Sellers make huge mistakes by deciding to sell their business on their own. They also make a huge mistake by choosing the wrong business broker to handle the sale of their business.
When you choose to hire a business broker to sell your business, congratulations you’ve made a very good and sound decision. However, like any industry, there are good and bad business brokers. You need to make sure you are choosing a great business broker with tremendous experience to handle the sale of your business. Great business brokers can maximize value in the sale of your business. A bad business broker will cause your business to stay on the market too long and will not maximize value while costing you money.
I have listed the top twenty questions that you should ask when interviewing business brokers. In addition, I am providing you with additional things you should ask for and review before you hire a broker.
1. How many years have you been selling businesses?
It is imperative to hire a business broker or business brokerage firm that has years of experience in selling businesses. Some business brokerage firms will have agents that might not have as many years of experience. However, if that agent works for a business broker that has years of experience in selling businesses, then interview that owner to make sure that the owner will be working with the agent during the entire process of selling your business. If the owner of the firm does not have very much experience in selling businesses, then do not hire that firm. There are some owners that have never sold a business before and have agents with very little experience in selling businesses. In that case, you should keep interviewing firms.
2. How long have you been with or owned your firm?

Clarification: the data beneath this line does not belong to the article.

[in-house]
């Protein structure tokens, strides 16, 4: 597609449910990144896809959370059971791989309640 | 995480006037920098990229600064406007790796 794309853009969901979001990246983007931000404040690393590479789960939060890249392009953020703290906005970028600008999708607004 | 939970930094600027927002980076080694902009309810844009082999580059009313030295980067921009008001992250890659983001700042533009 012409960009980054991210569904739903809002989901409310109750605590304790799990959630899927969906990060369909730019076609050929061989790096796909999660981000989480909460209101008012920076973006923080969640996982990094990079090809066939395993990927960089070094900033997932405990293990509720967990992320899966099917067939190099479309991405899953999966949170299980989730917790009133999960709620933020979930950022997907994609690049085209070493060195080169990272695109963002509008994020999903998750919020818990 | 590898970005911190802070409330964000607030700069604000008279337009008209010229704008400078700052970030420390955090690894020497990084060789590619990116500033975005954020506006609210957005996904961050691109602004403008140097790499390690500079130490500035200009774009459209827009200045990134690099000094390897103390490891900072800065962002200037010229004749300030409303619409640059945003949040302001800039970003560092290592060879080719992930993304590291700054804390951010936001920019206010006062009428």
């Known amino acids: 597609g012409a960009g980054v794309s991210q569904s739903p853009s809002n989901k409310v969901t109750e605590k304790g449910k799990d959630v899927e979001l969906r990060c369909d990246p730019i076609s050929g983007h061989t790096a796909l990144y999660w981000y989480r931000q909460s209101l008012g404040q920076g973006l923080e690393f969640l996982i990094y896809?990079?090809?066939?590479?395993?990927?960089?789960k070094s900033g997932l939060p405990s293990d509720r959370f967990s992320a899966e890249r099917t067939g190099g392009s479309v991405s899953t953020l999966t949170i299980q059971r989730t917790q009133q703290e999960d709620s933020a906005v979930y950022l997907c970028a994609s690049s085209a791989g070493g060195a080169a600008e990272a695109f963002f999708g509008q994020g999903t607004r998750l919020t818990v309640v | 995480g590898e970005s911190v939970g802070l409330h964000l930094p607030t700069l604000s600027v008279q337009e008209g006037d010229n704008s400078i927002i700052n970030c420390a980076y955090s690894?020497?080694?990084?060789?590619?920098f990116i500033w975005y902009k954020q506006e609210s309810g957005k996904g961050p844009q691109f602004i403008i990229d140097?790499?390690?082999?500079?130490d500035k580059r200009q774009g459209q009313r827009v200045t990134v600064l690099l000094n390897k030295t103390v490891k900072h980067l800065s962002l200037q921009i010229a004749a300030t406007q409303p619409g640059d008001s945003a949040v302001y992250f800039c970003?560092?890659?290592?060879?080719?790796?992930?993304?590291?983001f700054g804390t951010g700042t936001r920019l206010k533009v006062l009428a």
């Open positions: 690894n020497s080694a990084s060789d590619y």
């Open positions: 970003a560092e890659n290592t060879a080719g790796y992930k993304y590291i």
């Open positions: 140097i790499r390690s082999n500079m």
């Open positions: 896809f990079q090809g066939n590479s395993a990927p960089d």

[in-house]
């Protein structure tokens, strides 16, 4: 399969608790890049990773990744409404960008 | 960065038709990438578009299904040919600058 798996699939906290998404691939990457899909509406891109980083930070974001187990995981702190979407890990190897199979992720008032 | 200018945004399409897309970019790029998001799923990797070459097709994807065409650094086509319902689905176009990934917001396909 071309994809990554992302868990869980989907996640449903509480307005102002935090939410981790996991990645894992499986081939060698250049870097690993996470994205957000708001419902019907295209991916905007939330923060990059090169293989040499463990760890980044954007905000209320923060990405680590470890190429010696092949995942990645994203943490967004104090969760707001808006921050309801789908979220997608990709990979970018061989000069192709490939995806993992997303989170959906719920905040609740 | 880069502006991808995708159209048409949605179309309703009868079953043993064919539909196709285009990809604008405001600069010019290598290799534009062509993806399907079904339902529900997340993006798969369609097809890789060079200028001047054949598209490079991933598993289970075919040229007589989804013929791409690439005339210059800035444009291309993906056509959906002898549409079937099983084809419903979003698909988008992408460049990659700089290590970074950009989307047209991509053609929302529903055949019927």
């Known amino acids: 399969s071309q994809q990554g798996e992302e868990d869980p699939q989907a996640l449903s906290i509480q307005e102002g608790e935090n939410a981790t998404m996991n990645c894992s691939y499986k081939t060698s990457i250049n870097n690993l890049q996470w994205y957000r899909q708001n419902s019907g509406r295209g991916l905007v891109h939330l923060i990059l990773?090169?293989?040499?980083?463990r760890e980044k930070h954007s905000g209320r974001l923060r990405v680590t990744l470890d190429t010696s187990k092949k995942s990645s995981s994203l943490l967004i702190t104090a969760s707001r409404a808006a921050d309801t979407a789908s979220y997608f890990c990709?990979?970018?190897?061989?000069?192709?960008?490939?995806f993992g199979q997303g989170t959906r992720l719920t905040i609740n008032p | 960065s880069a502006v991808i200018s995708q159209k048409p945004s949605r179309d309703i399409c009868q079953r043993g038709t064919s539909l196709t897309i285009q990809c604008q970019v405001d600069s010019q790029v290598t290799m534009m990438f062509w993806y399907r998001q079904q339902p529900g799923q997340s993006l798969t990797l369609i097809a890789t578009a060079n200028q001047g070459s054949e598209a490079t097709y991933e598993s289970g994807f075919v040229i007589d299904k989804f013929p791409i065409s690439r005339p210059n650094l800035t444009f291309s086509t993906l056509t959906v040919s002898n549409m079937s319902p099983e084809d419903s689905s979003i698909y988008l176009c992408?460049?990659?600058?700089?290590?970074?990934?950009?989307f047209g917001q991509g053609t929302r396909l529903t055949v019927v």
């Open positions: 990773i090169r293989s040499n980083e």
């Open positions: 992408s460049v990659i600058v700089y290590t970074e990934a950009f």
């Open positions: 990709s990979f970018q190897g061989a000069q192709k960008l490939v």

You should ask the agent how long they have been with the firm. That will provide you with further insight regarding the agent’s experience level.
3. Do you work from home or have an office?
There is nothing wrong with hiring an agent or broker that works from home. Although, why are they working from home? Is it because they are new in the industry and cannot afford an office? Or have they been in the business for years and are scaling back?
4. How many brokerage offices do you have or are you affiliated with?
This is a very important question to ask as well. Not all brokers will agree to co-broker on the sale of your business. So if they don’t co-broker, are they part of a national business brokers alliance, and therefore they can co-broker within their own organization?
5. How many businesses have you sold?
The more businesses they have sold then the more experience they will have at putting deals together. Be very careful of hiring a broker that has not sold very many businesses. There is a reason they have not sold many businesses and you do not want them to practice on selling your business.
6. How many businesses do you sell a year?
The average business broker will sell eight to ten businesses a year. If they only sell one or two is it because they sell larger businesses or is it because they are not motivated to sell more or not good enough at selling more businesses per year? Which is it? The answer will be important in making your decision.
7. What industries have you sold businesses in?
If you are selling a multimillion dollar car dealership and the business broker does not have any experience in selling car dealerships, then you could run into problems throughout the process. It is not imperative for the broker to have industry experience; however, it is very helpful in maximizing values and ensuring a smooth transition.
8. How many listings do you have?
The average business broker will have 15-20 listings at any given time. If they have less than the average, it might be important to know why they have fewer listing than other brokers. Is it because they are not motivated to obtain more listings? Are they new and that is why they don’t have more listings? Is it because they are not good at obtaining listings. Or are they good at selling their listings and that is why they have fewer listings? Some sellers are concerned that a broker may have too many listings. That is never an issue as long as the broker has an administrative assistant and a good support staff in place. Therefore, you should ask the broker if they have support.